Commons Amendment

Part of the debate – in the House of Lords at 7:45 pm on 13th November 2003.

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Photo of Lord Whitty Lord Whitty Parliamentary Under-Secretary, Department for Environment, Food and Rural Affairs, Parliamentary Under-Secretary (Department for Environment, Food and Rural Affairs) (Food, Farming and Sustainable Energy) 7:45 pm, 13th November 2003

My Lords, the noble Baroness, Lady O'Cathain, raised a number of points which go beyond the terms of the alternative amendments. Clearly, there is a serious situation in the South East. We recognised that in this House and during the course of this Bill. The water resource plans, parts of which are reflected in the Bill, are aimed at ensuring that long-term planning of water supply meets the demand. The restrictions on abstraction, the powers given to water companies, the requirements on them to have drought plans, and their powers of persuasion and ability to impose, for instance, hose-pipe bans all go together to mitigate the potential water shortages in areas such as the South East. Water companies can also require the metering of new developments, which also helps the situation.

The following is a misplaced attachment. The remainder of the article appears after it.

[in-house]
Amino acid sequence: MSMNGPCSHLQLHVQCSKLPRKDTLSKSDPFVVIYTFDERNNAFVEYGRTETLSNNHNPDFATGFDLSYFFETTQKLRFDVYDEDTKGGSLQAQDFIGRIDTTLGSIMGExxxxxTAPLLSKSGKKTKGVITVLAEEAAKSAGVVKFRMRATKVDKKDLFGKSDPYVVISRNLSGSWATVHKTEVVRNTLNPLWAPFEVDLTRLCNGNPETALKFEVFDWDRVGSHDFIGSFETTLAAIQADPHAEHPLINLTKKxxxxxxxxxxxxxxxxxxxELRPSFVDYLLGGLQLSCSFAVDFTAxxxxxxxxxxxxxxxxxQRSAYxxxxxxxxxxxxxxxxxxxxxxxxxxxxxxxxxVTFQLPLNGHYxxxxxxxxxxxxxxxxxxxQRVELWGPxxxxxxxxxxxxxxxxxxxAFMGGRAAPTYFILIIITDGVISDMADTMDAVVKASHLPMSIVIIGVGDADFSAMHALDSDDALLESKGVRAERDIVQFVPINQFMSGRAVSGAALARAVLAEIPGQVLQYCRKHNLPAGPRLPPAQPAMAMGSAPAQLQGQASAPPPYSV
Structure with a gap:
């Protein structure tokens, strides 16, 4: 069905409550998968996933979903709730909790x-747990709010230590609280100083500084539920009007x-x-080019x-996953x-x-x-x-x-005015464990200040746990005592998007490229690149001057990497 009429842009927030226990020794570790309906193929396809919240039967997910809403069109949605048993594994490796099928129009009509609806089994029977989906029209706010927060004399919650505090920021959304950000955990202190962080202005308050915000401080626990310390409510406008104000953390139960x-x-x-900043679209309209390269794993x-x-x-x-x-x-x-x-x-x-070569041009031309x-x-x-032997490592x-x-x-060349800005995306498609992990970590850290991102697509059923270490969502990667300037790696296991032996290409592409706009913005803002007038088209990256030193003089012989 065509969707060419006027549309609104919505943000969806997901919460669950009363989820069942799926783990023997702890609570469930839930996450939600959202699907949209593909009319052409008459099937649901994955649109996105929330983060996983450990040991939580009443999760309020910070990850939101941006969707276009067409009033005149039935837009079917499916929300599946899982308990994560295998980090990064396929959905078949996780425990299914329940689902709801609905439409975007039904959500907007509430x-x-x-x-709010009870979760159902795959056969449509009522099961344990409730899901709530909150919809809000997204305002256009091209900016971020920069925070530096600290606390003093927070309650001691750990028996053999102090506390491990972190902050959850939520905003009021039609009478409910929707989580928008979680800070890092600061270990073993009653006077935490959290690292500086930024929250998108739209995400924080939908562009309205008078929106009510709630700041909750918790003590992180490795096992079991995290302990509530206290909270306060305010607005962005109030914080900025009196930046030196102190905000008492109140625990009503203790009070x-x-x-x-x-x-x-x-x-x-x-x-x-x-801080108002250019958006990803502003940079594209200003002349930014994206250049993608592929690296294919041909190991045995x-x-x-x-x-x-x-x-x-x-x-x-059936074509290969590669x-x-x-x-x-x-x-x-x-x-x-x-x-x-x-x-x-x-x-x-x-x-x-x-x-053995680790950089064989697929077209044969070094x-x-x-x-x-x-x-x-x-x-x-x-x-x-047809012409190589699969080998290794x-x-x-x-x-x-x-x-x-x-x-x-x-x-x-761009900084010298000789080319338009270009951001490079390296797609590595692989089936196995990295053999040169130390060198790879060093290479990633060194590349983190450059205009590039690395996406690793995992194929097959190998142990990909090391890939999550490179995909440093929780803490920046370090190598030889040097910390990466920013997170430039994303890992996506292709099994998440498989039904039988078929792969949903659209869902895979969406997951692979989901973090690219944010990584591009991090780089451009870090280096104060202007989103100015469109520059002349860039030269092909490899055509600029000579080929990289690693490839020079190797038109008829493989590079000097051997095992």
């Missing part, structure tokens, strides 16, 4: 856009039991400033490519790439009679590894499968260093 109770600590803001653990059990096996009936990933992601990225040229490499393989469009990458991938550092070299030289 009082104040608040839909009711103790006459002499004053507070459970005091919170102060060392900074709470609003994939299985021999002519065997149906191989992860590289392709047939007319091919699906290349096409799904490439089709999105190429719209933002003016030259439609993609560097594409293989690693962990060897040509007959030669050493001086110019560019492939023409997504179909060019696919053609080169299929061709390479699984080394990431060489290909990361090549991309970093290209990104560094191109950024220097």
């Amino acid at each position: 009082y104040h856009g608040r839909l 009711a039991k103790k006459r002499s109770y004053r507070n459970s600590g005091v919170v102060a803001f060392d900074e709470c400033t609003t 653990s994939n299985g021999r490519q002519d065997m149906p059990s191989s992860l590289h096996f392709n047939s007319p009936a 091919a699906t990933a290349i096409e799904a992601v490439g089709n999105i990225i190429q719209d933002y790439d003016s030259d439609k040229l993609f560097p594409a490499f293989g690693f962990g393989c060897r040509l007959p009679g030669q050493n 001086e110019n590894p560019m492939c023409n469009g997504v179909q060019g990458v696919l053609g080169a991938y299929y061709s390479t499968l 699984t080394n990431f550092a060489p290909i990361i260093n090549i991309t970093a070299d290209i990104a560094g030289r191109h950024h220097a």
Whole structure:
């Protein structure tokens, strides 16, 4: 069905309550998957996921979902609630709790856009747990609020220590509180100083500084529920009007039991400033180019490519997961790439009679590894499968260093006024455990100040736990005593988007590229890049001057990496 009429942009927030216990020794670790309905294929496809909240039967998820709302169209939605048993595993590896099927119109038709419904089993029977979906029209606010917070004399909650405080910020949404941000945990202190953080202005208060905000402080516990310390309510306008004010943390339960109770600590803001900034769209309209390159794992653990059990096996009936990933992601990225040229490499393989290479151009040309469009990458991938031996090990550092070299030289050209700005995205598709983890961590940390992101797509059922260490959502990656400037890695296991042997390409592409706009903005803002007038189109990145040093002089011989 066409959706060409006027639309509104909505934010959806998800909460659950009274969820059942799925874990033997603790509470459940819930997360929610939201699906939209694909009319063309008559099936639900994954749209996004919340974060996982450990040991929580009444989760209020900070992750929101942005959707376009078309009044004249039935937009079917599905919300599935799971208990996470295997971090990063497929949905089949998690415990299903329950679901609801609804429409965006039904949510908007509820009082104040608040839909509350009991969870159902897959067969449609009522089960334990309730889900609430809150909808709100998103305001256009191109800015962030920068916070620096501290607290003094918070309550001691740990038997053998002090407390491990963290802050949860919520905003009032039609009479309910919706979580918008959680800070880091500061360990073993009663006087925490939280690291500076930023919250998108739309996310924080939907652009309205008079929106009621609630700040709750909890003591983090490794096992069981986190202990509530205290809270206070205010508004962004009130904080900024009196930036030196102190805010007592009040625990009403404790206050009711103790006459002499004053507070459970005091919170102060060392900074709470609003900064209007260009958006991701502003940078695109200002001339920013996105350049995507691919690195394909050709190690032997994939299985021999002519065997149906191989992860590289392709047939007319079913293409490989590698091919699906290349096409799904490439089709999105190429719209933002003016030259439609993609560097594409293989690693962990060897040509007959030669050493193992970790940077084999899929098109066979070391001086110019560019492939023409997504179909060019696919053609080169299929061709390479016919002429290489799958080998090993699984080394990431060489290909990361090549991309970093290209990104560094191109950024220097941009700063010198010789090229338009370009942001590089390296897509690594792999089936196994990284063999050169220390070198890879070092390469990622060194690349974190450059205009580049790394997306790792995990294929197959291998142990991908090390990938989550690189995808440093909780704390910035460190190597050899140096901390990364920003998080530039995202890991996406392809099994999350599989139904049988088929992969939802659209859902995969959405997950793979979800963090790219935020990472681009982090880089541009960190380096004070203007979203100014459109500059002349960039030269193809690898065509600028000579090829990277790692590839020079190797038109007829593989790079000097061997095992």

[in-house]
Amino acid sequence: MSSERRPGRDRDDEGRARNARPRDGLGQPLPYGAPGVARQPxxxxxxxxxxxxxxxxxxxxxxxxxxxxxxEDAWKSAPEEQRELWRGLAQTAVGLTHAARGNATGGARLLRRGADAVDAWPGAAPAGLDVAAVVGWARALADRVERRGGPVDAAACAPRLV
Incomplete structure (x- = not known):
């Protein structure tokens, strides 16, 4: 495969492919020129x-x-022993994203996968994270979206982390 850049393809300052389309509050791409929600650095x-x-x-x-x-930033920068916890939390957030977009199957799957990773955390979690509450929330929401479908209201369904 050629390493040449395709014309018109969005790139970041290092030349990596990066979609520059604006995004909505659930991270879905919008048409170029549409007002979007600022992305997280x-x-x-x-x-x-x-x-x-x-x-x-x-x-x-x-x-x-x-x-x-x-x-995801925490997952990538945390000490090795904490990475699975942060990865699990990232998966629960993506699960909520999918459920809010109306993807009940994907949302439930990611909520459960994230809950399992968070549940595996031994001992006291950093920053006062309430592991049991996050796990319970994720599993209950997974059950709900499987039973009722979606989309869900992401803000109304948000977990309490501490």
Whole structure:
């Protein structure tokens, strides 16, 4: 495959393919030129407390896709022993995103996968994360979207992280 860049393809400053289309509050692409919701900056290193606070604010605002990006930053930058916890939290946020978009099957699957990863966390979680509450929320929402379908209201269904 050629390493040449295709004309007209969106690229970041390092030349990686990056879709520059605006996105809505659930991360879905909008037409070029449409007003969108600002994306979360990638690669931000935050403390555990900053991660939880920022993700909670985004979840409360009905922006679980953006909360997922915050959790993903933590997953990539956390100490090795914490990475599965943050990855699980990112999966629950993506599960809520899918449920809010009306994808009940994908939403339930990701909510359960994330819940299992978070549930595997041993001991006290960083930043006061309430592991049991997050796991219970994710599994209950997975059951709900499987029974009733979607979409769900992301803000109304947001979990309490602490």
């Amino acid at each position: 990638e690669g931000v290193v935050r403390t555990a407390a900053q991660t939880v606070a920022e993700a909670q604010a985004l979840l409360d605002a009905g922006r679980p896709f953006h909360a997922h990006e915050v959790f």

I am not trying to belittle the problems in the South East, but there are a number of different measures—